Mum, property developer and resident coach Melissa Porter considers life as a parent, the good, the bad and the ugly.
Hindsight is a wonderful thing. And, upon reflection, there are many things I wish Id know about being a parent before I embarked upon this particular journey.
Here is what Ive learnt and would like to share:
Every child is born built with a guilt-inspiring emotional chip activated at the exact moment we reveal our plans for a night out on the town. Such anticipation appears to create resistance from kids and, I suspect, they’ve created a group WhatsApp to remind others to make us feel guilty about leaving them with a babysitter. Unless you’re leaving them with no food, no water and no carer – trust they’ll survive the next three hours without you.
The reason we’re unable to inspire our toddlers or young kids to eat fruit, veg and to avoid sugar is because we didn’t instil this from birth. Food habits are taught when we start their food adventure with solid food. They’re not born addicted to sugar, they develop a taste for it after we choose to offer them their first sweet treat bribe.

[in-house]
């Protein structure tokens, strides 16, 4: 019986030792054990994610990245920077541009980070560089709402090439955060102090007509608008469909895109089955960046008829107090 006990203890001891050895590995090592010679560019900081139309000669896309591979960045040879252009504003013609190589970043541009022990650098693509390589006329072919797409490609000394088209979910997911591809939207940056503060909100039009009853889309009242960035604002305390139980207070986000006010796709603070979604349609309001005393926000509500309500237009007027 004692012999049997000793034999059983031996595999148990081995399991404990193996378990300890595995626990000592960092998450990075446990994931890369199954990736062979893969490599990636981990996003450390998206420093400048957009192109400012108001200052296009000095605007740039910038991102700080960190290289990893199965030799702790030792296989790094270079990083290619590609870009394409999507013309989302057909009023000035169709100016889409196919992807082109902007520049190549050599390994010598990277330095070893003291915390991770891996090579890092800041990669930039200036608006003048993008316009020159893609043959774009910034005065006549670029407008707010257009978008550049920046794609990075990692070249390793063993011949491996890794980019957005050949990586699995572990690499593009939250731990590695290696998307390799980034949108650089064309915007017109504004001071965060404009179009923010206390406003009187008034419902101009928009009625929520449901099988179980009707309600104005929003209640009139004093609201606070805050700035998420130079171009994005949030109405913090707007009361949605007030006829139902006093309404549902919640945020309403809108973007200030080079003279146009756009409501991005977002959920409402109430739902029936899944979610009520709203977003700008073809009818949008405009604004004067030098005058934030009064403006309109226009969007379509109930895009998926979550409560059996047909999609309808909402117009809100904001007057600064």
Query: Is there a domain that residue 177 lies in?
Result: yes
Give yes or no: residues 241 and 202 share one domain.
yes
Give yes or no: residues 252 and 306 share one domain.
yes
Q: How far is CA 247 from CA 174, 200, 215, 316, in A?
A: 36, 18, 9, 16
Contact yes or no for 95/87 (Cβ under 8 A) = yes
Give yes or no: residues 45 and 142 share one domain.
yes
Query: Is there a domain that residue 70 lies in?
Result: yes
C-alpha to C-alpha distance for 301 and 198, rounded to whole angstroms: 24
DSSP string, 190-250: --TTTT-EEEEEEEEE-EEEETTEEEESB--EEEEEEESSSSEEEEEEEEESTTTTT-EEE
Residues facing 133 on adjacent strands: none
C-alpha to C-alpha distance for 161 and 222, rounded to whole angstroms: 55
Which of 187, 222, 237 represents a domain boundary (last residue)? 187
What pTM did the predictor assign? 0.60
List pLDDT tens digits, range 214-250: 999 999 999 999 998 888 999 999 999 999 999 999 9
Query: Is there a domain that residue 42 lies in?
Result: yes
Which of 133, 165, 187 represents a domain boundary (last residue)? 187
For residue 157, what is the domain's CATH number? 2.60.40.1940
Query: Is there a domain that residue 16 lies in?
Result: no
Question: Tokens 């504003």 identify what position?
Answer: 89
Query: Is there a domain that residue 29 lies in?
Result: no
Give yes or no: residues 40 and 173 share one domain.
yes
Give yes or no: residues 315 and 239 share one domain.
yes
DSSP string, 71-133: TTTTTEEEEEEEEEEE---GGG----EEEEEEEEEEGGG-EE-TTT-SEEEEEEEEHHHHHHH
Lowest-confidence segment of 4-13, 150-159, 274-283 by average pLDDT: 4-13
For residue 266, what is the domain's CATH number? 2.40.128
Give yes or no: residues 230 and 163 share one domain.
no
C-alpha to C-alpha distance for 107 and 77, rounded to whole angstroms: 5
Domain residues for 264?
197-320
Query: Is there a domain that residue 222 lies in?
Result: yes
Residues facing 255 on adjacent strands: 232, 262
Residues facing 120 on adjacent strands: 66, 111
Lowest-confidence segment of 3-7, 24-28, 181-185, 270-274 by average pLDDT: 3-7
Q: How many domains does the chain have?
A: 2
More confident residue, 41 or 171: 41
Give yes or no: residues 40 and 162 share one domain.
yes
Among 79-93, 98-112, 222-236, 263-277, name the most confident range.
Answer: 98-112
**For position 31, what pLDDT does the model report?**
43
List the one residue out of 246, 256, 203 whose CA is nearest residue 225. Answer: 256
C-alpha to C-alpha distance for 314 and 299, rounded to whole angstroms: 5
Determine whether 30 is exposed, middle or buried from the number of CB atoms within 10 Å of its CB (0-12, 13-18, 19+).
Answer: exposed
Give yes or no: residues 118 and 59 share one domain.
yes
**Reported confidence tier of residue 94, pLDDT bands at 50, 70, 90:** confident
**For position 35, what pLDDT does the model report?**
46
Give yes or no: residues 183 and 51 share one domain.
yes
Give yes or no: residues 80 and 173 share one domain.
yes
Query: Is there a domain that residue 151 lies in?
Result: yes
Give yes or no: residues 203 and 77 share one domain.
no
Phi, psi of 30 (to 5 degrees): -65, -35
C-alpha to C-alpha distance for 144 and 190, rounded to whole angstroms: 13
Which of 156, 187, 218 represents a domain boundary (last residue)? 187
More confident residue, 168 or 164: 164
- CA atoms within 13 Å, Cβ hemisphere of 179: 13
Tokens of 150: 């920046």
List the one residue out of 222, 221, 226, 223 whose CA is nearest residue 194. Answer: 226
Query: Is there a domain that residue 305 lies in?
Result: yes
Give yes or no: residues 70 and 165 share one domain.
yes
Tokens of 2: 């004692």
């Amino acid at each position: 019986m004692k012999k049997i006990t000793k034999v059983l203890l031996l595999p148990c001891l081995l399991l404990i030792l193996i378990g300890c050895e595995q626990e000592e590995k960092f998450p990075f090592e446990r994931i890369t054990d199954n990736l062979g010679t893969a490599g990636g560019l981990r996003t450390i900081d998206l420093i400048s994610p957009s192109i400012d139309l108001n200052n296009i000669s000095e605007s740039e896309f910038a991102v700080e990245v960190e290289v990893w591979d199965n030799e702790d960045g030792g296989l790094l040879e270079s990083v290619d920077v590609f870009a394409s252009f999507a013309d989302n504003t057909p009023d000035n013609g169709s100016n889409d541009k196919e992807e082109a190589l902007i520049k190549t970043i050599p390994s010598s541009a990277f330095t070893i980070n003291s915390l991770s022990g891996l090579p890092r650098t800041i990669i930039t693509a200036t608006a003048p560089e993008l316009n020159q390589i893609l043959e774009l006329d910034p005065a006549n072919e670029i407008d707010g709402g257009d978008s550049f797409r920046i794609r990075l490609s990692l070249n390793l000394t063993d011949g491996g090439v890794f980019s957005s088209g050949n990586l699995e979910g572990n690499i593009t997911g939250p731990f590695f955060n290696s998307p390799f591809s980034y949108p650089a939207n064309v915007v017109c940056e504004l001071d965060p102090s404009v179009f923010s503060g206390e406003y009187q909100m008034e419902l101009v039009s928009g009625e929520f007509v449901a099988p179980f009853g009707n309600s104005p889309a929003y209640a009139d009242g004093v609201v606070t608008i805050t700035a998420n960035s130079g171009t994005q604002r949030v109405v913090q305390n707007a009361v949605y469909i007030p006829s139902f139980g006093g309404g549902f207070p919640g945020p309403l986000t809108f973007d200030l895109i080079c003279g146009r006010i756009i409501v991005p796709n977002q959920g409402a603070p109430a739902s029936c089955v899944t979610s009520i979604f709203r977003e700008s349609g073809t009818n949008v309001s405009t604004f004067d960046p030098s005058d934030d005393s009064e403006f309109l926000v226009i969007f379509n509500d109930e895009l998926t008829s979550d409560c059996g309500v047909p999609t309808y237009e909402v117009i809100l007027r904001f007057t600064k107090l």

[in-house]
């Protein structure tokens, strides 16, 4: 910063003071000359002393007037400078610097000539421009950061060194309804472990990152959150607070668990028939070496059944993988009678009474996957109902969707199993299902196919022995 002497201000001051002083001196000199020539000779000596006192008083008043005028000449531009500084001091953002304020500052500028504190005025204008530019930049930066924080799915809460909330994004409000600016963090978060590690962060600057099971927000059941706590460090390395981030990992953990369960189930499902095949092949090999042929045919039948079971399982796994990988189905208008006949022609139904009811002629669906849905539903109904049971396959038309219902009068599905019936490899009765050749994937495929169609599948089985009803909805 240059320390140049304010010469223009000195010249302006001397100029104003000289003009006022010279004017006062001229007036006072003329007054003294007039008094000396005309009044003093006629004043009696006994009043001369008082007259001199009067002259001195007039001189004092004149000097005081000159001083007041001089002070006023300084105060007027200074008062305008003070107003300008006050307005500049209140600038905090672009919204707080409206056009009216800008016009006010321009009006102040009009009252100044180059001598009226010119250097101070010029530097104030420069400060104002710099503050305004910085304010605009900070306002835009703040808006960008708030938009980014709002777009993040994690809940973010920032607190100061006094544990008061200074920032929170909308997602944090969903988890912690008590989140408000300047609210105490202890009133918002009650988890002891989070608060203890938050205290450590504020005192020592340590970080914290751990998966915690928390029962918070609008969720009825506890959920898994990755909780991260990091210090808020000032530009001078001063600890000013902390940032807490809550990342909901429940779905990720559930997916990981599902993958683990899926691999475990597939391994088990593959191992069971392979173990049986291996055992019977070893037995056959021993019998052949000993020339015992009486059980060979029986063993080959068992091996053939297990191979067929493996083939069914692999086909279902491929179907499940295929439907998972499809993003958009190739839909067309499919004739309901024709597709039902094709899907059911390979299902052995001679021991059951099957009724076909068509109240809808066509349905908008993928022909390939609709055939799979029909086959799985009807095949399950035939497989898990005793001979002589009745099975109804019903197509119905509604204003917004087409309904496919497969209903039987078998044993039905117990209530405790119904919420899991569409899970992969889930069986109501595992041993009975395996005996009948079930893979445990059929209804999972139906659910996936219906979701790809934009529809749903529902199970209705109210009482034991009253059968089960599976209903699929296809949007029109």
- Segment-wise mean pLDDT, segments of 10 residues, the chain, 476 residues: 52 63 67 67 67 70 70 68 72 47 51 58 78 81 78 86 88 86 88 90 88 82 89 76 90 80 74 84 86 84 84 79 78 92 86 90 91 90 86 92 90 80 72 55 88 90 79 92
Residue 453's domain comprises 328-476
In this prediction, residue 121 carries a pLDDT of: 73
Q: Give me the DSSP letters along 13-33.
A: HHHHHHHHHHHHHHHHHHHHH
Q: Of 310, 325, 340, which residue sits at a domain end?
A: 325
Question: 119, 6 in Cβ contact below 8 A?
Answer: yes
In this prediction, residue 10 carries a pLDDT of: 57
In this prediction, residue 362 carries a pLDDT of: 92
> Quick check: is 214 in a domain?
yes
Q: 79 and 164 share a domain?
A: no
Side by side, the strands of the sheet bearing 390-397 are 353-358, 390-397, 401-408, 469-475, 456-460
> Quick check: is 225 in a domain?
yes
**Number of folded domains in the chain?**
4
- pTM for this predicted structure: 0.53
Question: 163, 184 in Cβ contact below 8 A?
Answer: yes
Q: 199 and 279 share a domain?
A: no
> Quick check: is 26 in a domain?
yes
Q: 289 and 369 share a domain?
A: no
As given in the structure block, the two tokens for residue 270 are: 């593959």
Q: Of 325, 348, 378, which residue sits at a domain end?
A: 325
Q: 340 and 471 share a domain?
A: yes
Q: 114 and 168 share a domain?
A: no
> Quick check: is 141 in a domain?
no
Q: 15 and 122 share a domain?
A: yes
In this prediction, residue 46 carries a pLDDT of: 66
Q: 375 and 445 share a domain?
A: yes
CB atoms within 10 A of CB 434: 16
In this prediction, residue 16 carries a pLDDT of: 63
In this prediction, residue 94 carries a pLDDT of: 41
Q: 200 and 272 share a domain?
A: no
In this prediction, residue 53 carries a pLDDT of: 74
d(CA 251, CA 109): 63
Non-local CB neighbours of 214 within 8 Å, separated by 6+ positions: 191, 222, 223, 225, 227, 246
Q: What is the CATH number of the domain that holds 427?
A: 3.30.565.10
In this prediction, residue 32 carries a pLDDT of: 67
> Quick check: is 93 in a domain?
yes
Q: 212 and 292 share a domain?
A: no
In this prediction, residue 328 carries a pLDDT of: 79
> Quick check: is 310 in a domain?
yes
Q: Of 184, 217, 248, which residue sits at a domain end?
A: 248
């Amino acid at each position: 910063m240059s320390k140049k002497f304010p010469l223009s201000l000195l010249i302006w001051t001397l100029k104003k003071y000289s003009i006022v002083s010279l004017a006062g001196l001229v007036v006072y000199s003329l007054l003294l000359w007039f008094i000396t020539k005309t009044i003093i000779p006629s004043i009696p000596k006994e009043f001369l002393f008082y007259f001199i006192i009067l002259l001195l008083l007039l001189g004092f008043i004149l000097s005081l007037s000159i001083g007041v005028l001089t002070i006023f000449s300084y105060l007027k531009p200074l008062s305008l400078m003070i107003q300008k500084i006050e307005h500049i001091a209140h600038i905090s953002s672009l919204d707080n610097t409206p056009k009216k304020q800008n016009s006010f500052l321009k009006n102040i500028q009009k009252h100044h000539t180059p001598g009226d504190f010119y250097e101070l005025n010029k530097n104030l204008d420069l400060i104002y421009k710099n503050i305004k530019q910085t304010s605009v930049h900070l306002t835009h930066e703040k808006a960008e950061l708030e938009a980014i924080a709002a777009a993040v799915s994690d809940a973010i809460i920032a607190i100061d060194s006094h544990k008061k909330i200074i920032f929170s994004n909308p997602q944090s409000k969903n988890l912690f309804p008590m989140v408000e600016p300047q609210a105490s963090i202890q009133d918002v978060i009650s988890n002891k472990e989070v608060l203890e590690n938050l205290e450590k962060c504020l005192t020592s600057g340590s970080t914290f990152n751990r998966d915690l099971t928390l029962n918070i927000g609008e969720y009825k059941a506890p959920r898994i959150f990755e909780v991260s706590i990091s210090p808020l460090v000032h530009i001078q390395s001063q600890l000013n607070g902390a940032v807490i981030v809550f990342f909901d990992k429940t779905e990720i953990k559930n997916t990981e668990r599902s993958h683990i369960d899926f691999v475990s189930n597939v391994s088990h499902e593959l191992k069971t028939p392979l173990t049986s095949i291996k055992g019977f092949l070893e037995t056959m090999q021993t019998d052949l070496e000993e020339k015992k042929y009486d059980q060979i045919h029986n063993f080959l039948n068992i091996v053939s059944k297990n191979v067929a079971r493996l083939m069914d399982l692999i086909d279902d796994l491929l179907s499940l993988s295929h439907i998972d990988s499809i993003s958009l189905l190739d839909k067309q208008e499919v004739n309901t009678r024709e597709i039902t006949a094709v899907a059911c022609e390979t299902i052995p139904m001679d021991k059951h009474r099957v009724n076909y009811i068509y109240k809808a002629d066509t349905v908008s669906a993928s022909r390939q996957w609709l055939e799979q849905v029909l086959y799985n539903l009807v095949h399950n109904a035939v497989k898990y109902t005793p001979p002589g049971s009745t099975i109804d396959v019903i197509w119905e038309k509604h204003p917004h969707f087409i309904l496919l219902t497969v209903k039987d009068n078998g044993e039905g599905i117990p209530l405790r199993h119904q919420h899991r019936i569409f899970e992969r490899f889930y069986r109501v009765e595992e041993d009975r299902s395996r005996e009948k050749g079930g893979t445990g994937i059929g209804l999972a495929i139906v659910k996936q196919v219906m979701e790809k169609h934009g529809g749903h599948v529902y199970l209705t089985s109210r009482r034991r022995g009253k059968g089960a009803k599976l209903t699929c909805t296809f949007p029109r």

Children adore grandparents, whatever differences you have with your parents, leave your kids to fully explore and enjoy this relationship - to make up their own opinions about how dysfunctional your childhood was and how lucky they are to have you as a rock-star parent.
On the occasions I’m tired, I’m then unable to be anything else around my son while respecting my authenticity and need to be real. Hence why self-care becomes a necessary selfless responsibility vs a selfish one. Explain to no one why you need hour long bubbly baths - rather than face the school run.
Anger coming from a child is to be supported by parents and carers as opposed to shut down. When supported, we are teaching our children they are valuable and that their voice counts. We inspire them to join the emotional dots when something triggers them and to create a new way of being.
When we shut them down we are telling them it’s not OK to feel. We are telling them their feelings don’t matter and the effect is for them to become increasingly disconnected from what makes them feel alive.
There are no rule books for how to parent your unique child. If I were to write one it would include the following single rule: Love your child but first learn to love yourself. In the same way, we are told by flight attendants to first apply the oxygen masks to ourselves, apply this same rule to your life.
Learn to get your needs met so with our overflowing happiness we can help others. We are unable to offer anything from an empty cup. Unless it’s one made by Bernardaud, then take it - and run.